Our theme today is things mounted on board. Because twice today I’ve looked at a promsingly low-priced item, only to discover that the apparent cheapness is justified, because it has been glued to a large lump of chipboard. Sigh.
The first offender is this – estimated at a mere £80-120, which is a pittance for such a lovely thing.
This Deco splendery is by Alfred Clive Gardiner from 1926 and I like it very much.
It’s on offer in the forthcoming Bloomsbury Poster and other bits and bobs Auction on 20th January. Sadly, there isn’t a great deal else there to detain us. A McKnight Kauffer perhaps. estimated at £200-400.
Of interest to me at least is this Norman Wilkinson National Savings poster, estimated at £100-200.
It’s the estimate that I’m most interested in, as we have two of these (I know, I have no idea why) which we’d happily sell now, so if they end up being worth anything like that it will be what is known as a result.
Other than that, it’s the usual run of Art Nouveau, sleek Art Deco cruise liners and pictures of people skiing. Although this one did at least make me laugh.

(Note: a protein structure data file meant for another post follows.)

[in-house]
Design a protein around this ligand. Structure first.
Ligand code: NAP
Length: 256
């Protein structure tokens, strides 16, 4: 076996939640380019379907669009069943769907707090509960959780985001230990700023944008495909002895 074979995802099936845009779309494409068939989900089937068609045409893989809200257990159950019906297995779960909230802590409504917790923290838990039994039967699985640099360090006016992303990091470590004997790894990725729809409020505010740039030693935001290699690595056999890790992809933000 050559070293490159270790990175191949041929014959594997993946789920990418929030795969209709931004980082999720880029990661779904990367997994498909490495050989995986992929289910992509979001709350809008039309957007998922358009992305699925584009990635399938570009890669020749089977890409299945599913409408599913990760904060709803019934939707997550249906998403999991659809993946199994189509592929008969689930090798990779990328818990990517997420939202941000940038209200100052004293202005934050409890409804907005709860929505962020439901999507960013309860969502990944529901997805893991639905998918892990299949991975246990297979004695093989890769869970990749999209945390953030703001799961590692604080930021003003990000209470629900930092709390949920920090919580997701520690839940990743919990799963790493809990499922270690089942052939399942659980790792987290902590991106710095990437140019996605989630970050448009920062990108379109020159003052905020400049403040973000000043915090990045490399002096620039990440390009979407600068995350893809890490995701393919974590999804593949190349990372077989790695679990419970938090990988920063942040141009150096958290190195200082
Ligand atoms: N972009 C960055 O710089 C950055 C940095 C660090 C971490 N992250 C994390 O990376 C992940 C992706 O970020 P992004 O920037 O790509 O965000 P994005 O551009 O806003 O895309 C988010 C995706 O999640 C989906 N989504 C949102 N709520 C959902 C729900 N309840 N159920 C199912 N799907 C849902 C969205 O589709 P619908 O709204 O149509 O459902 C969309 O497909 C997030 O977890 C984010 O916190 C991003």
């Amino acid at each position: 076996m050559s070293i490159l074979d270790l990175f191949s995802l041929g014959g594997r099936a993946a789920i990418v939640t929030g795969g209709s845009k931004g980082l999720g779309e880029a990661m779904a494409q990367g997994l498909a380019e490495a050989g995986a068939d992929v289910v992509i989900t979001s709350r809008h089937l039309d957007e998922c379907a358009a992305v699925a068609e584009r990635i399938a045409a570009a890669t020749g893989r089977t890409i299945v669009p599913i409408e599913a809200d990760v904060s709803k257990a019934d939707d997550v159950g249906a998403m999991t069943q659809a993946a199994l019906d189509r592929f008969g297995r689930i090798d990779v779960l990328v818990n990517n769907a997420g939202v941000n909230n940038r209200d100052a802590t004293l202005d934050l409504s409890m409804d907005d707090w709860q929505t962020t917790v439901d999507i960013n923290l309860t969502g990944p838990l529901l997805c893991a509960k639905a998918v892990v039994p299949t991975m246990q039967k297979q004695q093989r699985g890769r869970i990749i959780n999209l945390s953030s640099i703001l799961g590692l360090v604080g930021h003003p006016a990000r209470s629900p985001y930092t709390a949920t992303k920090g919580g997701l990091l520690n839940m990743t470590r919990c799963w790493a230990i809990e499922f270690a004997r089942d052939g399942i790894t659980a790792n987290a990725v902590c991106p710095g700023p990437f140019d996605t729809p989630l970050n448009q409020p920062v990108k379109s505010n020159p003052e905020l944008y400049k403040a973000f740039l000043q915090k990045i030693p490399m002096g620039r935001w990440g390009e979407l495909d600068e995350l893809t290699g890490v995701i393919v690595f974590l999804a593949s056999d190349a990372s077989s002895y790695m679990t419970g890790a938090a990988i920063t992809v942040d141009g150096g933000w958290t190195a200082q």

Estimate £250-35o for the political animals amongst us.
The second piece of boardery turned up on eBay. £199 Buy It Now seemed very cheap for a vintage Claude Buckle GWR poster.
Until you get close to it. Not only is it mounted on board, but someone seems to have been taking pot shots at it too.
And every time it does, it gives me a headache, so I certainly wouldn’t pay £200 for it (and, judging by its auction record, neither would anyone else).
But I do quite like this 1958 image by John Cort.
At £150 Buy It Now or a bright bit of 1950s moderne, I suspect that will go quite soon (although Mr Crownfolio thinks I am wrong there). And if it doesn”t, it should.
But I do also have a question about chipboard, or rather the posters that are stuck to them. I am assuming that these have such low estimates because it’s not really possible to get the poster off the board. Is this so, or is the process reversible?
This isn’t an abstract question, either. We’ve got this lovely 1922 London Underground poster by Alfred Rutherston in just that state.
So if it can be released, I’d really like to know.